CFIUS must make similar determinations regarding the United Kingdom and New Zealand before February 13, 2023 (or further extend the deadline to make that determination) for investors from those countries to remain eligible to qualify as “excepted investors” after that date.
The recent developments are notable, but ultimately unlikely to significantly reduce the number of transactions that are subject to CFIUS review and mandatory reporting requirements. Though countries have expressed an eagerness to join the group of excepted foreign states, the practical utility for their investors is somewhat limited given the onerous eligibility criteria to qualify as an “excepted investor,” particularly for publicly-traded companies and investment funds. For instance, not only must investors be organized under the laws of, and have their principal places of business in, an excepted foreign state (or the United States), but an investor must also be able to demonstrate with respect to itself and its parents that, among other things, a majority of its voting and economic interests are held by nationals8or entities of an excepted foreign state9 (or the United States) and that any individual or entity holding more than a 10 percent voting or economic interest in it is a national or entity of an excepted foreign state (or the United States). This requirement poses significant challenges for publicly-traded companies, which typically have little visibility into the identity and nationality of under 5 percent individual shareholders. Similarly, investment funds based in and managed by nationals of excepted foreign states can have difficulty qualifying due to, among other things, the requirement that the investment vehicle and each of its parents be located in an excepted foreign state or the United States, which often is not the case.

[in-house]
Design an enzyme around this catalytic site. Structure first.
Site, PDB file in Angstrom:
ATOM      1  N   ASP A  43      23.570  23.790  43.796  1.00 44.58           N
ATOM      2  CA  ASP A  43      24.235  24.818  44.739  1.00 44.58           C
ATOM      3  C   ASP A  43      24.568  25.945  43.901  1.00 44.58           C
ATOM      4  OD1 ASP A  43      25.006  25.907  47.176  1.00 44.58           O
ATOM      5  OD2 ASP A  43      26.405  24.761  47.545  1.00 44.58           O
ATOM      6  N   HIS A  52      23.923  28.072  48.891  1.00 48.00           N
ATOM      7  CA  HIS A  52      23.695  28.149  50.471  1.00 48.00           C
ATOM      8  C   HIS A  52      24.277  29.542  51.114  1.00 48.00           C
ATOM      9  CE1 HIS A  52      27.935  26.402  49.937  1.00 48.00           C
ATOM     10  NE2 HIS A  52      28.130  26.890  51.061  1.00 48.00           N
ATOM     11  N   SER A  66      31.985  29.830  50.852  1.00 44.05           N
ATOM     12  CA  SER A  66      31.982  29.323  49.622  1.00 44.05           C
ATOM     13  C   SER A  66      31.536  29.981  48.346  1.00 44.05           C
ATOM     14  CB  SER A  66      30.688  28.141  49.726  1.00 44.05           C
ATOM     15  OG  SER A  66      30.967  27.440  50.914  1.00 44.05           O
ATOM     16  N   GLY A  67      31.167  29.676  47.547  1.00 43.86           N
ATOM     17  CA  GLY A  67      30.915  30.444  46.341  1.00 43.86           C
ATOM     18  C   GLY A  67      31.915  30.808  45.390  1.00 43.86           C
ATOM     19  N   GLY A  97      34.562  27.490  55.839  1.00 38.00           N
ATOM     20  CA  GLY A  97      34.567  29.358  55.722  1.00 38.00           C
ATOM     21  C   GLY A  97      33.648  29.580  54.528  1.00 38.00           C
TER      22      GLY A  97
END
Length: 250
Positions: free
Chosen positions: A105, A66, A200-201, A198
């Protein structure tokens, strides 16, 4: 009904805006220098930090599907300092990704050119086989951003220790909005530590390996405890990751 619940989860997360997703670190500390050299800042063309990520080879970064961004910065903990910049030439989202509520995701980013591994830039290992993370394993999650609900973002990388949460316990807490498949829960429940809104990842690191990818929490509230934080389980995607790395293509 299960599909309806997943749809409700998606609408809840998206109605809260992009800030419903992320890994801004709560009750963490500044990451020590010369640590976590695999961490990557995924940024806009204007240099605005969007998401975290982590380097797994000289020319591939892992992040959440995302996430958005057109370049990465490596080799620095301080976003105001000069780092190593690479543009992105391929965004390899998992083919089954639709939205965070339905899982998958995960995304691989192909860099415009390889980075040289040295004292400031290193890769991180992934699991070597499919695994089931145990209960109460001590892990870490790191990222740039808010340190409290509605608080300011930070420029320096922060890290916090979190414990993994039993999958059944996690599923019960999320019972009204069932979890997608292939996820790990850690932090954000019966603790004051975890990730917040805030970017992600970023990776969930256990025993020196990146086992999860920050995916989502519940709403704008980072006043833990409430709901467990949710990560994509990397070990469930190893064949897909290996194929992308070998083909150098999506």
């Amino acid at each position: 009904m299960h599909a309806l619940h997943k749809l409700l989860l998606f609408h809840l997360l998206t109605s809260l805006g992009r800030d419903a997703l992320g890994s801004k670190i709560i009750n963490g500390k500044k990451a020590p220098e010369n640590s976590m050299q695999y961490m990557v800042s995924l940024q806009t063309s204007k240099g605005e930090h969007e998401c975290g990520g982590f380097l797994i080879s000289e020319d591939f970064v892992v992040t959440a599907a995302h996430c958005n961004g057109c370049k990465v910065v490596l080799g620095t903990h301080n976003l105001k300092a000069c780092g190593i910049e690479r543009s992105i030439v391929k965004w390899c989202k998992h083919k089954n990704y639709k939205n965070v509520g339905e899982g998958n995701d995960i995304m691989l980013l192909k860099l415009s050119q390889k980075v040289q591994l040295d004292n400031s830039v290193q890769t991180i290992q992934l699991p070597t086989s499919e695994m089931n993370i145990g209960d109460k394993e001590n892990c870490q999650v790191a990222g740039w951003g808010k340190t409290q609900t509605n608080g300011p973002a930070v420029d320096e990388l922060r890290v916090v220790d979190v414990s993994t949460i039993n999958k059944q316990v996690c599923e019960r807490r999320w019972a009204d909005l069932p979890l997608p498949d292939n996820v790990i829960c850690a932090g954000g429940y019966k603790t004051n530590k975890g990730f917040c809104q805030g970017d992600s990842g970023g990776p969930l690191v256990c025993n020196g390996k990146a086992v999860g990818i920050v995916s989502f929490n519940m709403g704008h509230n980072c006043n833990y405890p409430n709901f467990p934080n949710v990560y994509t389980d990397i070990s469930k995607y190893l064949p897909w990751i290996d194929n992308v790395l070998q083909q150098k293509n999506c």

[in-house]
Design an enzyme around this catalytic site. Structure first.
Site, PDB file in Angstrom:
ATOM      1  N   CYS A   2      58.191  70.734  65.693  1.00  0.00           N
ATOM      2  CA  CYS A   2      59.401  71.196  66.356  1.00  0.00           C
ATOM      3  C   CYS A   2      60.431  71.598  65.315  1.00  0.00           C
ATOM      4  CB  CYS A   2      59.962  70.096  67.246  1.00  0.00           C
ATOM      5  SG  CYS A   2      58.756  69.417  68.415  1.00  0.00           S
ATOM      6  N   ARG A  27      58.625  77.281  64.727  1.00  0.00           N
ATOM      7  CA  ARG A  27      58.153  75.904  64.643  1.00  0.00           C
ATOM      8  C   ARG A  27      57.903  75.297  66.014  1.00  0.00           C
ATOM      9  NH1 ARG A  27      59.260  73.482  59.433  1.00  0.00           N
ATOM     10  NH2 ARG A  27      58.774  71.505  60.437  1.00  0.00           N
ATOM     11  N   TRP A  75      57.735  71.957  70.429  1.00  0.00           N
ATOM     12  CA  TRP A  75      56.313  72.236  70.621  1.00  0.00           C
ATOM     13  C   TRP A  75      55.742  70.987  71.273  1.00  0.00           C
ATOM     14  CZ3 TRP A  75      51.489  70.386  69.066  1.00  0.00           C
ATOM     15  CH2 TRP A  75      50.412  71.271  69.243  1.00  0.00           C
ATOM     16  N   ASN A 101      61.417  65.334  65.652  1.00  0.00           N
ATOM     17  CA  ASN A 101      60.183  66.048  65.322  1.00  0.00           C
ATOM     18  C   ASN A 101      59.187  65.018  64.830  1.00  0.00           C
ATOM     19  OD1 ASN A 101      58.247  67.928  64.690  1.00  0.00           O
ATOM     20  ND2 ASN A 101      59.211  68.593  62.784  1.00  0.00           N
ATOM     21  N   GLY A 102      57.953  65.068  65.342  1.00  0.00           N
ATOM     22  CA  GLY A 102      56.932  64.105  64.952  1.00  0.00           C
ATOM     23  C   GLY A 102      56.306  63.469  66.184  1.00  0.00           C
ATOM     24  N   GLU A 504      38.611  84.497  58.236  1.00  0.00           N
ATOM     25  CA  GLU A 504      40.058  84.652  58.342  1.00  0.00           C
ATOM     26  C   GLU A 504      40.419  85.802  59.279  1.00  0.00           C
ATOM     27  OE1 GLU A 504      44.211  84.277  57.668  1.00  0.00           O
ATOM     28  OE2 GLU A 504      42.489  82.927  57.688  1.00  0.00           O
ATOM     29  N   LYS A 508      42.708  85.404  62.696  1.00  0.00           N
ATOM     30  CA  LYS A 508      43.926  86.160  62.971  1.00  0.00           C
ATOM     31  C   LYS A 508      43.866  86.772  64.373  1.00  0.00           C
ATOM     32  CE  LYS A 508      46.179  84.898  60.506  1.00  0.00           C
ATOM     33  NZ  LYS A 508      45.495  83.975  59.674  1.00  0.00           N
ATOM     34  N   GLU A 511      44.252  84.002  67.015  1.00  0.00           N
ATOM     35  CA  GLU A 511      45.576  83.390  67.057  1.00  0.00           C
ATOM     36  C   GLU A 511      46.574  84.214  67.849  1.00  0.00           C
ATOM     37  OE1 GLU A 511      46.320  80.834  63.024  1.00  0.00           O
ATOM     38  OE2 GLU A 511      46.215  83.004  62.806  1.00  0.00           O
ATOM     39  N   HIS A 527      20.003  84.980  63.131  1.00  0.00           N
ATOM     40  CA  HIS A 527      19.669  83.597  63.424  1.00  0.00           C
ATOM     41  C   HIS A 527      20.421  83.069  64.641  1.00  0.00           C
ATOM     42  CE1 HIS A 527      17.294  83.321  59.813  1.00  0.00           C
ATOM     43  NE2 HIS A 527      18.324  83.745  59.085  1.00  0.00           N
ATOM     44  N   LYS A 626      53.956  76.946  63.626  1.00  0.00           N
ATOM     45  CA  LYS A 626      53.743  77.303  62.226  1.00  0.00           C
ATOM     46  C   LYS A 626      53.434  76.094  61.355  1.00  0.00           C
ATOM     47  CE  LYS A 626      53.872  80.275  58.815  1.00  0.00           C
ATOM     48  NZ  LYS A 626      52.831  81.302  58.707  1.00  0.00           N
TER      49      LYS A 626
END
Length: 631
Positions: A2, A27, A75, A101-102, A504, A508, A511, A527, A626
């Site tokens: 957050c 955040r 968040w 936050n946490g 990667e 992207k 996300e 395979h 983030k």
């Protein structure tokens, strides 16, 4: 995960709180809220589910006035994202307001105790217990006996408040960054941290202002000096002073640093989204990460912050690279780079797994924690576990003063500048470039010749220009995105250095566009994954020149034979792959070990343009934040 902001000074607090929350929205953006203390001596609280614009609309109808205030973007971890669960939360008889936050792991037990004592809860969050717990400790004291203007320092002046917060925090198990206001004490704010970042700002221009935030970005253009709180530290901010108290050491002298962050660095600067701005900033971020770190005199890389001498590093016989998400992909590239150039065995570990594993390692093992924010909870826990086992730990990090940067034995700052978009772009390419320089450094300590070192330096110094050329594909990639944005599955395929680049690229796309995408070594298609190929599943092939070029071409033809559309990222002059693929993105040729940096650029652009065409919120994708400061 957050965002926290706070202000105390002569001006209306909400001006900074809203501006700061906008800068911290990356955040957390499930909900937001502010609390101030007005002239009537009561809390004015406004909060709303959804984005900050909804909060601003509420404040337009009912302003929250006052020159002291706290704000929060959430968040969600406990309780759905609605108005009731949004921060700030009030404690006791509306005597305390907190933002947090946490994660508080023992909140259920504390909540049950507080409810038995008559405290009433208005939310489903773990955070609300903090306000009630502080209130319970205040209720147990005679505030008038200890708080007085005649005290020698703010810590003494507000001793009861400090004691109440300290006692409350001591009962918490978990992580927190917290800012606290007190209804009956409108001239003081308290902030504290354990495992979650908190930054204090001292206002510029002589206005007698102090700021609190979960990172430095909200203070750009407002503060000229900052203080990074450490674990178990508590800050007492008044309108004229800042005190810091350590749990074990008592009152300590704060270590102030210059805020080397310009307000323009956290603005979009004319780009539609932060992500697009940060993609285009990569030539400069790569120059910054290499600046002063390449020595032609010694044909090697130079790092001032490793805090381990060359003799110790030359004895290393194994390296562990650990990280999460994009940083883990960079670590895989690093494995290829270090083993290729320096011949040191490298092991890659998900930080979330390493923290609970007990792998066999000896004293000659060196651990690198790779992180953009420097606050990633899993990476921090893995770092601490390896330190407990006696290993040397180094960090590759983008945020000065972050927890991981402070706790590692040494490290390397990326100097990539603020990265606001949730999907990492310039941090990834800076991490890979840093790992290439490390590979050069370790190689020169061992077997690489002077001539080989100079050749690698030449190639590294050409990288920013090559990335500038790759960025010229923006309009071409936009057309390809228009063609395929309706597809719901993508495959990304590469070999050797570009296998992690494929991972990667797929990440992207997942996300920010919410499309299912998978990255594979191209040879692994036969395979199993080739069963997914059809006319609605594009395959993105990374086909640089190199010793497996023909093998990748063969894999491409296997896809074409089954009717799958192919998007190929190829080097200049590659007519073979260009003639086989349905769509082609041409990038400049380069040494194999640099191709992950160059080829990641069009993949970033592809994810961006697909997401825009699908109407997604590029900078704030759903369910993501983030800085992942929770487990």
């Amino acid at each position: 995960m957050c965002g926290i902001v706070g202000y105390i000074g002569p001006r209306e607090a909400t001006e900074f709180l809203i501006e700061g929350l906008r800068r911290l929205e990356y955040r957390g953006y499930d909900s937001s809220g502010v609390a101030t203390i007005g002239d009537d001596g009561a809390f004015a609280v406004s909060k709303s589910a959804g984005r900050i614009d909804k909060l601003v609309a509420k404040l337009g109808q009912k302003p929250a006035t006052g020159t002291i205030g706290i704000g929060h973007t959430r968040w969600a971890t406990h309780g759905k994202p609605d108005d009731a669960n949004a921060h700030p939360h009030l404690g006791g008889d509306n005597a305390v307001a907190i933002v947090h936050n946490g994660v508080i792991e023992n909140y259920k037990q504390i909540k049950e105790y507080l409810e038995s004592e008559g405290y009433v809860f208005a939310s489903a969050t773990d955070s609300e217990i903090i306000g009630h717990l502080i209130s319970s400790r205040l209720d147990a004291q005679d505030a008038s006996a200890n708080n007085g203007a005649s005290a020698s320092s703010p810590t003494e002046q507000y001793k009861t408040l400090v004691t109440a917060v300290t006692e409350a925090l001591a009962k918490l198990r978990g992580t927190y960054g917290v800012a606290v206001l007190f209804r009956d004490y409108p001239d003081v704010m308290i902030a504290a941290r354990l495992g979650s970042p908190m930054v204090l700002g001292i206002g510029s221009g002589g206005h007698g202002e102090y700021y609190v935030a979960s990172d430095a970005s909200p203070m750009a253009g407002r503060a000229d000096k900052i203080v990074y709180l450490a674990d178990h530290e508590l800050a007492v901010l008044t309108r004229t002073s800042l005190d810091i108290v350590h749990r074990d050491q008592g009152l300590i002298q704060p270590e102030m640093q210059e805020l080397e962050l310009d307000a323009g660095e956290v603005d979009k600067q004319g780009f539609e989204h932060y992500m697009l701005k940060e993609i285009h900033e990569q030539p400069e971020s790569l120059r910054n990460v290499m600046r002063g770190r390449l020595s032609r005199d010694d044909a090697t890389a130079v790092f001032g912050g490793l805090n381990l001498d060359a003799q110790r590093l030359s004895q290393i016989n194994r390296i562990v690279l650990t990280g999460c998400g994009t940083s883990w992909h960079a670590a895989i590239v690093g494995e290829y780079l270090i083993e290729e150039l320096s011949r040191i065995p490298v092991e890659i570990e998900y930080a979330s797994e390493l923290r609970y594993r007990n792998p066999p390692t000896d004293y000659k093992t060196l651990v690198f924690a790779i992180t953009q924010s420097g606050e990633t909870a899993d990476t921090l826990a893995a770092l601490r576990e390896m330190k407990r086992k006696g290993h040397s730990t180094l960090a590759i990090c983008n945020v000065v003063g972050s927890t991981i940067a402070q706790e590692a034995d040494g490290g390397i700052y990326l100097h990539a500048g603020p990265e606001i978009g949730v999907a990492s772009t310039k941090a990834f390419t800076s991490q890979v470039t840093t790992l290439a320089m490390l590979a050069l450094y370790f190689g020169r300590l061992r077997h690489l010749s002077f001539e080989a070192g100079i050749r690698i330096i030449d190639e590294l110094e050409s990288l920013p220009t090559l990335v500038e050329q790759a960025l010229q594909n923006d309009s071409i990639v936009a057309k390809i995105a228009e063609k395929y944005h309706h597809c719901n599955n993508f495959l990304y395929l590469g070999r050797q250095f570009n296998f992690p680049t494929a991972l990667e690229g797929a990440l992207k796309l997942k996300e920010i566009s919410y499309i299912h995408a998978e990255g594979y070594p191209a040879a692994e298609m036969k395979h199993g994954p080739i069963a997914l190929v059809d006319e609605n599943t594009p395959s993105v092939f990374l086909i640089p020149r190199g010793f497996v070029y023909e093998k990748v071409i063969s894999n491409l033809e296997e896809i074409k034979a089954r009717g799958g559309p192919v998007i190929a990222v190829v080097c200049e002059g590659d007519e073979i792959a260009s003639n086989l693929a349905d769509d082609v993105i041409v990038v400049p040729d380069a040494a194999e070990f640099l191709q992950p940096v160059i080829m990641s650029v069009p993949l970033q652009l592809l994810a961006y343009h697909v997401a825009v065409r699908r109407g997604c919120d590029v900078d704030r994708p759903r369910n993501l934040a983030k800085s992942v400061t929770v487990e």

Second, although the addition of New Zealand to the CFIUS white list of excepted foreign states demonstrates some willingness by CFIUS to expand the benefits of the jurisdictional carve-outs and mandatory filing exemptions to additional groups of investors, the group remains contained to members of the 5 Eyes. This limited expansion does not provide clearer sense of whether CFIUS is willing to expand this excepted status outside of the countries in the small intelligence pact.
If you have any questions concerning this alert, please contact:
|Christian C. Davis
|Katherine P. Padgett
2 50 U.S.C. § 4565(a)(4)(E); 31 C.F.R. §§ 800.211, 800.304, 800.401(e)(1) and 31 C.F.R. §§ 802.216, 802.302(a). Note that 31 C.F.R. Part 802 refers to “excepted real estate foreign state” and “excepted real estate investor,” however, for ease of review we use “excepted foreign state” and “excepted investor” for purposes of both Part 800 and Part 802 in this alert.
3 31 C.F.R. § 800.219; 31 C.F.R. § 802.215.
4 31 C.F.R. § 800.218.
6 31 C.F.R. § 800.1001(a). The criteria for “excepted real estate foreign states” is slightly different under the CFIUS real estate regulations. Namely, CFIUS must determine that the eligible foreign state “has made significant progress toward establishing and effectively utilizing” a robust foreign investment screening process. 31 C.F.R. § 802.1001(a) (emphasis added).
7 CFIUS made the same relevant determination for both Australia and Canada under the real estate regulations: https://www.federalregister.gov/documents/2022/01/07/2022-00234/determination-regarding-excepted-real-estate-foreign-states.
8 Dual nationals with a second nationality that is not of an excepted foreign state or the United States are excluded. 31 C.F.R. § 800.219.
9 To qualify for “excepted investor” status entities must establish both that they are organized under the laws of an excepted foreign state or the United States and have its principal place of business in an excepted foreign state. 31 C.F.R. § 800.219.